How do I turn on Dark Mode on my iPhone, Mac and Apple TV?
A warning right away: Dark Mode isn't available on iPhone - yet. There's a feature from the accessibility settings called Low Light Filter which may be the next best thing, and we'll explain how to turn that on in this article. but for the time being the full Dark Mode experience remains confined to Mac and Apple TV.
Talking of which... In macOS and tvOS, Apple has introduced an option called Dark Mode, which significantly changes the look and feel of the interface of your Mac and Apple TV. It makes for a far better nighttime viewing experience, and looks pretty cool too.
In this article we're going to take a look at how to enable Dark Mode in macOS Sierra and on Apple TV, as well as discussing the prospects of Dark Mode coming to iPhone, and how to produce similar effects in the meantime by turning on Low Light Filter and using various other filter options.
How to enable Dark Mode: Mac
Apple has built support for Dark Mode into the settings, so it's easy to turn the new mode on.
Here is how to enable Dark Mode:
- Open System Preferences.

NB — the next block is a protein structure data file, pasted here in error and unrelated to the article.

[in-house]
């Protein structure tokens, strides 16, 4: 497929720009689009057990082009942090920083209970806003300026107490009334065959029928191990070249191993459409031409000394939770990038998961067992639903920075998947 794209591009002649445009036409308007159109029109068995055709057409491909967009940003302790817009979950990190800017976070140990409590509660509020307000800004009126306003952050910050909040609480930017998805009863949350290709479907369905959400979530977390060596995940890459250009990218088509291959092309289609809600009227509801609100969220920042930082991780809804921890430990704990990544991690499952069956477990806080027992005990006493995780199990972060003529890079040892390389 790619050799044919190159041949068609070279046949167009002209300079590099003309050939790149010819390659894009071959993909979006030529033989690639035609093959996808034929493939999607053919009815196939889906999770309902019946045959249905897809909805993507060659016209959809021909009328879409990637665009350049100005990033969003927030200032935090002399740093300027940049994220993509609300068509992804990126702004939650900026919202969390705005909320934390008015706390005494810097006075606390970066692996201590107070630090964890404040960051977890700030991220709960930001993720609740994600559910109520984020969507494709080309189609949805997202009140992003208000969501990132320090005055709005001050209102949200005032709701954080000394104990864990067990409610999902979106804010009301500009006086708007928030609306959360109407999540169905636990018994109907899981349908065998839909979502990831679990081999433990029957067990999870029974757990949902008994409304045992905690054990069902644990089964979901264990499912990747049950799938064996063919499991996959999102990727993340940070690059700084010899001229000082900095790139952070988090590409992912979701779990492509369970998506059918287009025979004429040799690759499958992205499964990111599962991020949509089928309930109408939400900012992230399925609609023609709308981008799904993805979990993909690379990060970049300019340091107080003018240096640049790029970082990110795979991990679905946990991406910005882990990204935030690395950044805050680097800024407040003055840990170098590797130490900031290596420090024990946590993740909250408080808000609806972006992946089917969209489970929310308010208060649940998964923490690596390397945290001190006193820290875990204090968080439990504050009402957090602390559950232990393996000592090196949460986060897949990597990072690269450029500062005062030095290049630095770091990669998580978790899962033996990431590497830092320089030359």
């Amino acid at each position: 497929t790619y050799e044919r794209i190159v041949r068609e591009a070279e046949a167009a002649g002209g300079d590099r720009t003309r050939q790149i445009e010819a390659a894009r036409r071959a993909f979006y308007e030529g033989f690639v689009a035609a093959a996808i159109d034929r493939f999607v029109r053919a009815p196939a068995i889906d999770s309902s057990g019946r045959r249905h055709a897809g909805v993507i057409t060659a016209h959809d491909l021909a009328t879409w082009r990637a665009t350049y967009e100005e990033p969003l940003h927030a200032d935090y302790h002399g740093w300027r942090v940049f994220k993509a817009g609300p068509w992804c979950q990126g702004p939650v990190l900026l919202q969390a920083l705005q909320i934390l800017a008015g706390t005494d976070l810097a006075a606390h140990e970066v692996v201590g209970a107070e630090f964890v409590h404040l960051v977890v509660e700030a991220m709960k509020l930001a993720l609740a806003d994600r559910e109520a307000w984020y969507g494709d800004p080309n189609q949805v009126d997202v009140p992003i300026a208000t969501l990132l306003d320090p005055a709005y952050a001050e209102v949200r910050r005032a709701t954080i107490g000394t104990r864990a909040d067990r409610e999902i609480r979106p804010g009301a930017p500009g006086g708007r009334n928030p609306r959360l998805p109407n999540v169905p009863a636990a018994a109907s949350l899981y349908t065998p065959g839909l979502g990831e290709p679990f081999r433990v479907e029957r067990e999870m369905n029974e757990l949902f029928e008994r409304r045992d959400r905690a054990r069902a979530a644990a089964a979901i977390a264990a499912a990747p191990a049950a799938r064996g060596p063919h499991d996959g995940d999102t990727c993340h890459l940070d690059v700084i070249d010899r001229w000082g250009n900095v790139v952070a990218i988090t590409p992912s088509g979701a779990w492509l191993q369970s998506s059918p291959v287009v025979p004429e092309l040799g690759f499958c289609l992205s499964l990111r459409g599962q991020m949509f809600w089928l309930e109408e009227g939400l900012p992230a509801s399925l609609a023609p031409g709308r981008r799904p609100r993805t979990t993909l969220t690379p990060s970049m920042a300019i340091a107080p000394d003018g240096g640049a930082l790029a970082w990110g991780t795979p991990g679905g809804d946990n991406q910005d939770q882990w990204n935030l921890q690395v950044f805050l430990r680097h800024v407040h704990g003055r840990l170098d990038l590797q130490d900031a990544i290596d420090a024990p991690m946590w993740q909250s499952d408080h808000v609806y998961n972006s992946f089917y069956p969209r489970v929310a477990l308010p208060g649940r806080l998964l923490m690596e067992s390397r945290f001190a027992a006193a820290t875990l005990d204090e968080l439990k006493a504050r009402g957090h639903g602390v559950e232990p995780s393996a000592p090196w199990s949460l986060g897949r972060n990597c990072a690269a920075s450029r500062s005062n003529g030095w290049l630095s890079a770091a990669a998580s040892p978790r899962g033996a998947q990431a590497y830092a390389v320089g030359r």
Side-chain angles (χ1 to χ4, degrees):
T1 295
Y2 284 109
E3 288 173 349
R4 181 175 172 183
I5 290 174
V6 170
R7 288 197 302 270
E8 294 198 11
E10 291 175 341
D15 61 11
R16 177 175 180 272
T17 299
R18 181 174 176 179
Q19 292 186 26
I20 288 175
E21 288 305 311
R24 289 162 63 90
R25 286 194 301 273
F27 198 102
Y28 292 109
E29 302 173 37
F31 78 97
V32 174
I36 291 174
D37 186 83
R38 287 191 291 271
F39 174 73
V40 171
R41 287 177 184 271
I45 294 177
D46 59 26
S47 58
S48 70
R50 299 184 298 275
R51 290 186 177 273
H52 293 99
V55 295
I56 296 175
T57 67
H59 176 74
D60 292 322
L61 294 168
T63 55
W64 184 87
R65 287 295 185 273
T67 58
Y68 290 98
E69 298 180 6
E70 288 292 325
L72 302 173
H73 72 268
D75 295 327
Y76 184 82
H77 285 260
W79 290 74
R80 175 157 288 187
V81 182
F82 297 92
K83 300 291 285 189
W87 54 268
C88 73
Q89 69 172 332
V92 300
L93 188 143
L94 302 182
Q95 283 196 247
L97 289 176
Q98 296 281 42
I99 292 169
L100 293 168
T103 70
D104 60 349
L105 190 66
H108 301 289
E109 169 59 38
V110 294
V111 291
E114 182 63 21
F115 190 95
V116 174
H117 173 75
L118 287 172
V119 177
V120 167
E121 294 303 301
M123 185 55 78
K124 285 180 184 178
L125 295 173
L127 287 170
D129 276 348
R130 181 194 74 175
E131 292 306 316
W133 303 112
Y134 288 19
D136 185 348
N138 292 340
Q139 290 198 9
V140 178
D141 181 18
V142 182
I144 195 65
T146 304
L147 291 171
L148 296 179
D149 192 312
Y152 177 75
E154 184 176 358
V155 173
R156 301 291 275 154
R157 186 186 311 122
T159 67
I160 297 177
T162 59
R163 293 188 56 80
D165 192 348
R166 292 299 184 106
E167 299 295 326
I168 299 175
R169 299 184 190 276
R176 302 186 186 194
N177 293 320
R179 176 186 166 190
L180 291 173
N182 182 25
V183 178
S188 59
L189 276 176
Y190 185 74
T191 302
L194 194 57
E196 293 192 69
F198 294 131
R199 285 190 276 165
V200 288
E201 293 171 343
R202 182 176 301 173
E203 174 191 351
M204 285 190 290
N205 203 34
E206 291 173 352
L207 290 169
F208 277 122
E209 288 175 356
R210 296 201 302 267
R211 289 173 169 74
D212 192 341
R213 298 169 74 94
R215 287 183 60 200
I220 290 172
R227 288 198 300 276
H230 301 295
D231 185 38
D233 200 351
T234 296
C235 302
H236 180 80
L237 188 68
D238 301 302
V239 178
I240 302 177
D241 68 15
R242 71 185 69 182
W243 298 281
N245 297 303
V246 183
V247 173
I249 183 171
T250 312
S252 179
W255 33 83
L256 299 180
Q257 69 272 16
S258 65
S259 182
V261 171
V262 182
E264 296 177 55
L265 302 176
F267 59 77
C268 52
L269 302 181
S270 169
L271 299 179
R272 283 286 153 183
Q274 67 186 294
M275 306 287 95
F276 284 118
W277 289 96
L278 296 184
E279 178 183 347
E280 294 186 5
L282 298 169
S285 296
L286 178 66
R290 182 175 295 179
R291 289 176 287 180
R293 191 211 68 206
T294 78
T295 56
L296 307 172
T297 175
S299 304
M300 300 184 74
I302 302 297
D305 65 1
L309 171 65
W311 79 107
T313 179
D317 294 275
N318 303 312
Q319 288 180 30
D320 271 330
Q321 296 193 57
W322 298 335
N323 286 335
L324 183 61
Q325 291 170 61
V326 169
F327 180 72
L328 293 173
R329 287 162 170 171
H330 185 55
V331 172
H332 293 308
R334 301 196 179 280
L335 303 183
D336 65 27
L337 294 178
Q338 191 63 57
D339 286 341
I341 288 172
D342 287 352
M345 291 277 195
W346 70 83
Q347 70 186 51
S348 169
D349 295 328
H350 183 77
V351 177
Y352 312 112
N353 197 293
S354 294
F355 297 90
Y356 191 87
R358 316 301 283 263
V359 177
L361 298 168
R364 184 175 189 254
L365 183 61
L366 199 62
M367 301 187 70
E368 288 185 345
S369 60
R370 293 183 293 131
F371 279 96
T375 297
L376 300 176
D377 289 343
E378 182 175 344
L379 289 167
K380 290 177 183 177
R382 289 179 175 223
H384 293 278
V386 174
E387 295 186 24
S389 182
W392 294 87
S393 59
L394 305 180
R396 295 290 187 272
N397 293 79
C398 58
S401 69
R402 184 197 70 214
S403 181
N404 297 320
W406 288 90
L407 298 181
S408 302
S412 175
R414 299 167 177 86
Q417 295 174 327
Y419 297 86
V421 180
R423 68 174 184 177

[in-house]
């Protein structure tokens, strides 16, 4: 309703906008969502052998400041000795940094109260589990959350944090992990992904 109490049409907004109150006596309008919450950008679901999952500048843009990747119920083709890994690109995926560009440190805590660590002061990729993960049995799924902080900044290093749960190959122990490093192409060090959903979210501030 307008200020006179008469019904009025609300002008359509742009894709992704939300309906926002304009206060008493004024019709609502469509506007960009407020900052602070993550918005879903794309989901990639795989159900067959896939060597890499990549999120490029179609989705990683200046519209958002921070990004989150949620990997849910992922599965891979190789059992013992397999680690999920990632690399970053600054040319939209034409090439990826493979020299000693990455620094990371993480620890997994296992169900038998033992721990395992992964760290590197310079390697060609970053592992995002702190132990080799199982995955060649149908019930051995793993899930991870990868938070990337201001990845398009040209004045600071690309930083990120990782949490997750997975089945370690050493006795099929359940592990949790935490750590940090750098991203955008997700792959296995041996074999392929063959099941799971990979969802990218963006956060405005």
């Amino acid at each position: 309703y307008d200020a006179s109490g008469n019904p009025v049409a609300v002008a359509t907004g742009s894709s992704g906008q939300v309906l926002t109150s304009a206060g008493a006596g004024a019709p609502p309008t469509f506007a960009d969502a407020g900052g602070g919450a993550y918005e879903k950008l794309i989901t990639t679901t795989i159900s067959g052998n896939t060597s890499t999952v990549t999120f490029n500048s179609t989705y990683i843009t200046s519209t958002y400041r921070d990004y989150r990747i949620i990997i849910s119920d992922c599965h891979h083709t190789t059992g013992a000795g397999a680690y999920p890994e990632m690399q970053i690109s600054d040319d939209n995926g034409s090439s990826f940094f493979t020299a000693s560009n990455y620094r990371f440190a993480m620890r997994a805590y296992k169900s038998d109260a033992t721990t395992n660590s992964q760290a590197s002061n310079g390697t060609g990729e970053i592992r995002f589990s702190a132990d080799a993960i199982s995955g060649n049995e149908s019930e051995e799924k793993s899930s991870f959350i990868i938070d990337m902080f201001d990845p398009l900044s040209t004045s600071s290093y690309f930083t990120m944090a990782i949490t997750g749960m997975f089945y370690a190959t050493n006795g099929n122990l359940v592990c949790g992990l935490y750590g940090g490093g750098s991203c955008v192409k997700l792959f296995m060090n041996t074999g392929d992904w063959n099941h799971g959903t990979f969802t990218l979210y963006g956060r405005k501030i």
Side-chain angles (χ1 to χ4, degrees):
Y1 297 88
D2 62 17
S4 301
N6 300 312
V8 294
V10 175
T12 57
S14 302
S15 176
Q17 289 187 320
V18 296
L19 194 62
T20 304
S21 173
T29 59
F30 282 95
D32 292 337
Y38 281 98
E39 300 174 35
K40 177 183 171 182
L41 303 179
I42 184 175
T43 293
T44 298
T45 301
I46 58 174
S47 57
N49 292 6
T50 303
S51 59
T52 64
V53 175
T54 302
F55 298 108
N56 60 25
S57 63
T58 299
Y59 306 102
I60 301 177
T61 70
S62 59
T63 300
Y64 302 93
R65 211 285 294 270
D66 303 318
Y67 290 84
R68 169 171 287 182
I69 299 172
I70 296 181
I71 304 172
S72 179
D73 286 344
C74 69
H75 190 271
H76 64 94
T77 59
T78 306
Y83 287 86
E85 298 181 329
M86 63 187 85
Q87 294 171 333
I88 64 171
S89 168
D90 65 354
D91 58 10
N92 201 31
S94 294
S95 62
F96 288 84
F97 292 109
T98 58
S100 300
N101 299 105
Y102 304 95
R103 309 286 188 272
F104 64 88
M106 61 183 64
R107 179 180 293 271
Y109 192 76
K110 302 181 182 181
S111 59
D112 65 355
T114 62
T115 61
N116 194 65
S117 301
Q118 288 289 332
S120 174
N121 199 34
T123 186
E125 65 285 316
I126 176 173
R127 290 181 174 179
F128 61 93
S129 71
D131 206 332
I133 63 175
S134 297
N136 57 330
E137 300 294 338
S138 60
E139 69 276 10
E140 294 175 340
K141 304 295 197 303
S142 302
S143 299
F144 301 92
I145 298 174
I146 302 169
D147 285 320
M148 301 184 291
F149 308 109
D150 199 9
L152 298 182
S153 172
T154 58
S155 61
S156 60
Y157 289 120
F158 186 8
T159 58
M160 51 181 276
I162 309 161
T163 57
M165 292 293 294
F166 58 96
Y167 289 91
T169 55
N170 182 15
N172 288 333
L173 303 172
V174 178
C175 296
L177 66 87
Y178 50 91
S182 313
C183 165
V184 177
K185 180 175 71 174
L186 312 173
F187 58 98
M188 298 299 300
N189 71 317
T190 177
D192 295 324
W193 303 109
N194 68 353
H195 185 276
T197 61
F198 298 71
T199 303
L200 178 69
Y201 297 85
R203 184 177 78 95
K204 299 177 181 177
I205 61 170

- Click General.
- Place a tick in the Use Dark Menu Bar and Dock option.
- Close System Preferences.
macOS should now be running in Dark Mode. Remove the tick from Use Dark Menu Bar and Dock to return to regular mode.
How to enable Dark Mode: What macOS Sierra's Dark Mode looks like
macOS's Dark Mode changes the look of the Menu bar (at the top of the macOS interface) and the Dock. Here are some things to look out for in Dark Mode:
- The Dock. In the case of the Dock the pale translucent background becomes much darker. It remains translucent, however, and if you move windows behind the dock the lightness of them shows through.
- The Menu bar. The drop-down menus across macOS are dark and again, the lightness of any windows underneath shines through.
- App support. Currently support for Dark Mode in the Menu bar is limited to Apple’s own apps. Apps made by a third-party display a dark menu, but it does not have the see through effect.